There is a lot going on in the world of Kickboxing and we appreciate that it can be a little daunting sometimes, so we put together this FAQ to help you find the information you need as quickly as possible!
We have broken the FAQ up into three main categories to make finding what you need easier: About Kickboxing, Competition Structure and Sporting Governance.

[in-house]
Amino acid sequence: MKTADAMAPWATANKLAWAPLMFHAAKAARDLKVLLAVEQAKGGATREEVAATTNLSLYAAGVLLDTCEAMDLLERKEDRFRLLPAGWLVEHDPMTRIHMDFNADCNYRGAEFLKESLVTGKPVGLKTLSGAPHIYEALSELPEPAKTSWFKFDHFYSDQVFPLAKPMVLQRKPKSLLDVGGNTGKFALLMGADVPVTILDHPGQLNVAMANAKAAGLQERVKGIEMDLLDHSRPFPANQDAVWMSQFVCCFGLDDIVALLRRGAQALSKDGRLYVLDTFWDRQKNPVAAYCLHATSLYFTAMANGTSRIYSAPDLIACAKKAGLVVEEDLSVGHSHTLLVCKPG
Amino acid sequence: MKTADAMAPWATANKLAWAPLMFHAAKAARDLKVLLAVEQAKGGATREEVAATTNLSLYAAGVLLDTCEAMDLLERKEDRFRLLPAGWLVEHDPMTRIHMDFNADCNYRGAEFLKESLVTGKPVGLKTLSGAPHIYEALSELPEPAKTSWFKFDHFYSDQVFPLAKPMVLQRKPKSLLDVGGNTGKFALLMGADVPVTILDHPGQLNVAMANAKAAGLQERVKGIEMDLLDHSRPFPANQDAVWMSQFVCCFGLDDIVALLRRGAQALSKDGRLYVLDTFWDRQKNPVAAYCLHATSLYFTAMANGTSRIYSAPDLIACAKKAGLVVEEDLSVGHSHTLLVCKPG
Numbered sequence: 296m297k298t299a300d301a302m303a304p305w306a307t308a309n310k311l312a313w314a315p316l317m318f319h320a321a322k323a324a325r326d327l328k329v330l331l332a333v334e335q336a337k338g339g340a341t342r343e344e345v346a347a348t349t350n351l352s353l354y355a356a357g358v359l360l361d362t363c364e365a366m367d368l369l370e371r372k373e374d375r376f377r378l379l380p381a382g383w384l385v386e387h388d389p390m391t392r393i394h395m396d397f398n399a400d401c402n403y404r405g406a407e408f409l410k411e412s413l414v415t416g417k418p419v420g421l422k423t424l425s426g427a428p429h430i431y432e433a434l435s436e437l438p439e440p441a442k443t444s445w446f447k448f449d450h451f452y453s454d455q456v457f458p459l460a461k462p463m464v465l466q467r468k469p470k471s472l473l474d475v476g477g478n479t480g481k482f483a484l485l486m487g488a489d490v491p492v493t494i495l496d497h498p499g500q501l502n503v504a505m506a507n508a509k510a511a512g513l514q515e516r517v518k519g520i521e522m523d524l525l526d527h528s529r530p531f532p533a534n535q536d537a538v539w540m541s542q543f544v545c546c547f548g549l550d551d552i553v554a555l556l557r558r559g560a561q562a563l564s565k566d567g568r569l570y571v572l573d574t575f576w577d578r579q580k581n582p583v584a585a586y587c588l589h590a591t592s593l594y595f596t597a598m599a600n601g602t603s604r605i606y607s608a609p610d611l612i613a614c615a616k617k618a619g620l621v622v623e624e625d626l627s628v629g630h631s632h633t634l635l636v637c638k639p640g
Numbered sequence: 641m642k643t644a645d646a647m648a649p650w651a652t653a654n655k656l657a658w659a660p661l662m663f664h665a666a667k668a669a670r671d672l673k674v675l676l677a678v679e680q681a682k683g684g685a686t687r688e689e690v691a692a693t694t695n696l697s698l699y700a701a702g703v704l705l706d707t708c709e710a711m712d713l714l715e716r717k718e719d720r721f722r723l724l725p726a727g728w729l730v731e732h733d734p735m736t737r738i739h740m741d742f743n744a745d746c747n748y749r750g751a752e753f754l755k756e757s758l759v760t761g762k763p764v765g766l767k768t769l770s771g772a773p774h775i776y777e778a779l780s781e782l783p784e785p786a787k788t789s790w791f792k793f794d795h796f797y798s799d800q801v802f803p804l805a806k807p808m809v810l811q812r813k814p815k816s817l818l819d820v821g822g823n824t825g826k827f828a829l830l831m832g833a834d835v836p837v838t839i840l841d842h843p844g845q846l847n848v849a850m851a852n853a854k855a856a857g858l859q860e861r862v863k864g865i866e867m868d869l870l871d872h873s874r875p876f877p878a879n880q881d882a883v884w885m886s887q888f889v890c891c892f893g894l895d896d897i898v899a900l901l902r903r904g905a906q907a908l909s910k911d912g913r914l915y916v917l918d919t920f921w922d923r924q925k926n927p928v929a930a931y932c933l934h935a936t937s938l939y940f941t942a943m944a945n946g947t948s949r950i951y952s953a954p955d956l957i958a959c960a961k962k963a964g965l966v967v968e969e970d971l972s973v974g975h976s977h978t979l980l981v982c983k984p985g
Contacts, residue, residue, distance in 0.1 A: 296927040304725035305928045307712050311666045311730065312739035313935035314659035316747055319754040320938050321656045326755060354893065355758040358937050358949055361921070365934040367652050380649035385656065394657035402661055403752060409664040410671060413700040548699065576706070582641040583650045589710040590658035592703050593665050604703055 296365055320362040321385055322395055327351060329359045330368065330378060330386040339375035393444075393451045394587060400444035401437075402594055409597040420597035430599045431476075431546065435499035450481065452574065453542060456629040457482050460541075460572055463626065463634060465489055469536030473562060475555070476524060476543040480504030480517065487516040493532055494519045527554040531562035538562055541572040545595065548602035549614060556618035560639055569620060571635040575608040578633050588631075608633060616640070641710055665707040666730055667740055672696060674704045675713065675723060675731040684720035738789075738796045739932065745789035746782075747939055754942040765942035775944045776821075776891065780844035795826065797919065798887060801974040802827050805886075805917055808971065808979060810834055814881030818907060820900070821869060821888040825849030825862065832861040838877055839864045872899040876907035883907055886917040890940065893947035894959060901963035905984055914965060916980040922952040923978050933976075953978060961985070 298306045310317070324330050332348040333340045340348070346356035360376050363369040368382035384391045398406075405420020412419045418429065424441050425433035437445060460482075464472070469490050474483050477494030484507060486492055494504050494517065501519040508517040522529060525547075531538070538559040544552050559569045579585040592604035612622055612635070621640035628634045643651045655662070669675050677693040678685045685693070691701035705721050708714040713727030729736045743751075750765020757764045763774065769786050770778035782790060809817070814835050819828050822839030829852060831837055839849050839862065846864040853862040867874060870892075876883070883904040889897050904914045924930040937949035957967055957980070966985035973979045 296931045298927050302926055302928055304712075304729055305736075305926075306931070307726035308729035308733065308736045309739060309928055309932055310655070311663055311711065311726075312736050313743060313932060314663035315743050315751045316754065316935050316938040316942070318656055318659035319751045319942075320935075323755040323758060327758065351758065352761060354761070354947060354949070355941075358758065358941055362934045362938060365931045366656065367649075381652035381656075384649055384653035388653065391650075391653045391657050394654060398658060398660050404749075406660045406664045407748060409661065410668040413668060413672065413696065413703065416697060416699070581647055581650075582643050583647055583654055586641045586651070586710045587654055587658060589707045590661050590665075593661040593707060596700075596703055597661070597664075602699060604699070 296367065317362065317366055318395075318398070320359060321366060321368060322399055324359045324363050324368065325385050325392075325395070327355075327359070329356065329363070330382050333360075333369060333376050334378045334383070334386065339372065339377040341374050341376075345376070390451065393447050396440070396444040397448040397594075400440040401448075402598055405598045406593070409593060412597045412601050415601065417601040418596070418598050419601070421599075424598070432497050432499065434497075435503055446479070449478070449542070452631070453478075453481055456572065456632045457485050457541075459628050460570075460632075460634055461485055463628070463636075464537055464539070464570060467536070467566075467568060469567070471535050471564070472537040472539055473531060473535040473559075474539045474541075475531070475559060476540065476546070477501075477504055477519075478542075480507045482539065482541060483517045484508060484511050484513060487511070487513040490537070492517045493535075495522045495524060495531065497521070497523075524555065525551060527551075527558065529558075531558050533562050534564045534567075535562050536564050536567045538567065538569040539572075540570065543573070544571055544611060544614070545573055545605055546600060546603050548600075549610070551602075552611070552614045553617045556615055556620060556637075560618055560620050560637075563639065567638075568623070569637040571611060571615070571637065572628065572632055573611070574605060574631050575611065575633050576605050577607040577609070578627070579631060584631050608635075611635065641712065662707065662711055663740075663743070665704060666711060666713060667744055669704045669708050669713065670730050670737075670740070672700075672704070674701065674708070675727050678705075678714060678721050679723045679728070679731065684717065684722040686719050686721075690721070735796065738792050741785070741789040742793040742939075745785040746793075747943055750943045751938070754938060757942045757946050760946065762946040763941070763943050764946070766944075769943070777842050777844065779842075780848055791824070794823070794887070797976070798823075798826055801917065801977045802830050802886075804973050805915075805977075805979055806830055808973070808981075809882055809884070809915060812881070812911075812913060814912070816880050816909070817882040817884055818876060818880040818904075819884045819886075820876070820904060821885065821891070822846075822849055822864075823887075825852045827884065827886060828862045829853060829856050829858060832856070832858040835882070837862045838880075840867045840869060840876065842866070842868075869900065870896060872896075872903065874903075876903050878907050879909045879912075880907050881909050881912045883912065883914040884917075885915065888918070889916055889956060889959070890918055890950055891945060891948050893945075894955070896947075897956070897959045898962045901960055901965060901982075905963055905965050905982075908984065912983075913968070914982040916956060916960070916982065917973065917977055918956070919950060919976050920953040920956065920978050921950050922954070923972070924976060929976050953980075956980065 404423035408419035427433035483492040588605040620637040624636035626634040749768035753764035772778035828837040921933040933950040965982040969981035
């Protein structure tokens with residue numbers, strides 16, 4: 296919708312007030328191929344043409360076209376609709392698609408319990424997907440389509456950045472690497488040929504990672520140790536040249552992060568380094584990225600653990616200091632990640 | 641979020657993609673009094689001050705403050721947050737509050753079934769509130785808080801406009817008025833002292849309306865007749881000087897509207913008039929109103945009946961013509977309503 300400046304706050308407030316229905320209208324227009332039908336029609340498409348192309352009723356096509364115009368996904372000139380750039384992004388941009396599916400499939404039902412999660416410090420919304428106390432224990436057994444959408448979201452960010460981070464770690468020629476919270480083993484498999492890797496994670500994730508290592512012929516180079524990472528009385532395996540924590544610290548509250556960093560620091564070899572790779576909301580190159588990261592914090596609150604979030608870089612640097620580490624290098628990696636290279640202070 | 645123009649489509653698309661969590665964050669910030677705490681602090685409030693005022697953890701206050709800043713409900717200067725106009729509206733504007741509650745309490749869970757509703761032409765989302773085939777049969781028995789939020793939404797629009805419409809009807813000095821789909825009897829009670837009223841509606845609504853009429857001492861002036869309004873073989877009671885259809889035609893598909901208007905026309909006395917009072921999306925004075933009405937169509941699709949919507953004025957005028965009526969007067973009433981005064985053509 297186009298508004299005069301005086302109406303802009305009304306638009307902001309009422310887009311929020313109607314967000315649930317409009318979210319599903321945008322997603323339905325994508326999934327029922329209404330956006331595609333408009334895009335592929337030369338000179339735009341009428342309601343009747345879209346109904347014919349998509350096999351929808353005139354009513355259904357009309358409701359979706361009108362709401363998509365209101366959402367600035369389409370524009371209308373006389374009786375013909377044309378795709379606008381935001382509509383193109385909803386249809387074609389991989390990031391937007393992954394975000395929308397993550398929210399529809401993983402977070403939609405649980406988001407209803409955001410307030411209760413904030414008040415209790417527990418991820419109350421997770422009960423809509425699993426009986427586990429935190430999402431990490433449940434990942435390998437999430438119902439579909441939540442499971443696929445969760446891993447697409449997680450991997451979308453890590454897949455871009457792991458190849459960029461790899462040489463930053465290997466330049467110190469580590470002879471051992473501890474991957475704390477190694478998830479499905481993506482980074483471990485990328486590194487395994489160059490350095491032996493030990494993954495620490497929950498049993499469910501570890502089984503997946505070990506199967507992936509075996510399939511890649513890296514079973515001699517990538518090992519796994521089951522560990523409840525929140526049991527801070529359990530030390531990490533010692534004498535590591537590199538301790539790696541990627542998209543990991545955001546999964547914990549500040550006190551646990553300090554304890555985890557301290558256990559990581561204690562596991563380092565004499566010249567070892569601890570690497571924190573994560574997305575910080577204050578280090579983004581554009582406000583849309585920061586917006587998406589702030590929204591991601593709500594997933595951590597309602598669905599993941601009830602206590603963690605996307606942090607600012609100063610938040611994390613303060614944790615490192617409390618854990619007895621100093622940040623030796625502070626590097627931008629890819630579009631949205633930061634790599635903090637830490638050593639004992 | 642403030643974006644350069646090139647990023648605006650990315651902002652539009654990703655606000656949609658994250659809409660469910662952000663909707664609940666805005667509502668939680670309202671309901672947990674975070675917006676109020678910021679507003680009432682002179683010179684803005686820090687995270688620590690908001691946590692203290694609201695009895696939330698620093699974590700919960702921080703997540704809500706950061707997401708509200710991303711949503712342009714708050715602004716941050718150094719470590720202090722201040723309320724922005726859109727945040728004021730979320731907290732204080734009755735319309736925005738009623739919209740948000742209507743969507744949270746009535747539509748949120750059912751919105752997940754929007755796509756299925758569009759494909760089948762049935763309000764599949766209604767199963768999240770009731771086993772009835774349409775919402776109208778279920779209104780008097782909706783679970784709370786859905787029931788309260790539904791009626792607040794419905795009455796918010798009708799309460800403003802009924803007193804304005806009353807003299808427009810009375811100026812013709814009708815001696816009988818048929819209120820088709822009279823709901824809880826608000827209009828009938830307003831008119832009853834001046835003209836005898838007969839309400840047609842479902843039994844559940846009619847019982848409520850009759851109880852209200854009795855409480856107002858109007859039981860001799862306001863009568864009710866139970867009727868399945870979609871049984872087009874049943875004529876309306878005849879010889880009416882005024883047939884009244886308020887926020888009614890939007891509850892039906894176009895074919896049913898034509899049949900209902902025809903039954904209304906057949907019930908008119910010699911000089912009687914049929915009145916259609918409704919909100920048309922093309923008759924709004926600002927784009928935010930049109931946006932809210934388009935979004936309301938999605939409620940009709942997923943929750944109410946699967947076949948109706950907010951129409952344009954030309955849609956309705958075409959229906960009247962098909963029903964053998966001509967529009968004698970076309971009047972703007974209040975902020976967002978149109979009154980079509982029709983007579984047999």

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FIGHTING ARTSPoints – a stop-start style of fighting originating in Karate/Kung Fu, where a bout is stopped each time the officials deem a point scoring technique to have landed. Typically, strikes with the hand score one point, with kicks to the head scoring more and jumping kicks scoring more still. Although the vast majority of Points is done with controlled contact where the goal is timing, speed, technique and accuracy, some Semi-Pro and Professional Points bouts are done where there is no restriction on contact. Continuous – more akin to Western Boxing or Muay Thai, Continuous is a non-stop fighting style where points are accumulated over the course of a round (or several rounds), with the winner being the fighter with the most points or, in the case of a draw, the most dominant. Again, much of Continuous is light-contact, but Semi-Pro and Professional bouts are most often fought under full-contact or even Low-Kick/K1 rules where kicks to the leg and other techniques not typically permitted in a Kickboxing bout can be used. In both cases, knock-outs are only considered an instant victory in full-contact rule bouts; if the contact is meant to be controlled, knocking your opponent out (unless the technique was deemed not to have been thrown deliberately to knock out your opponent) will often result in a disqualification due to excessive force.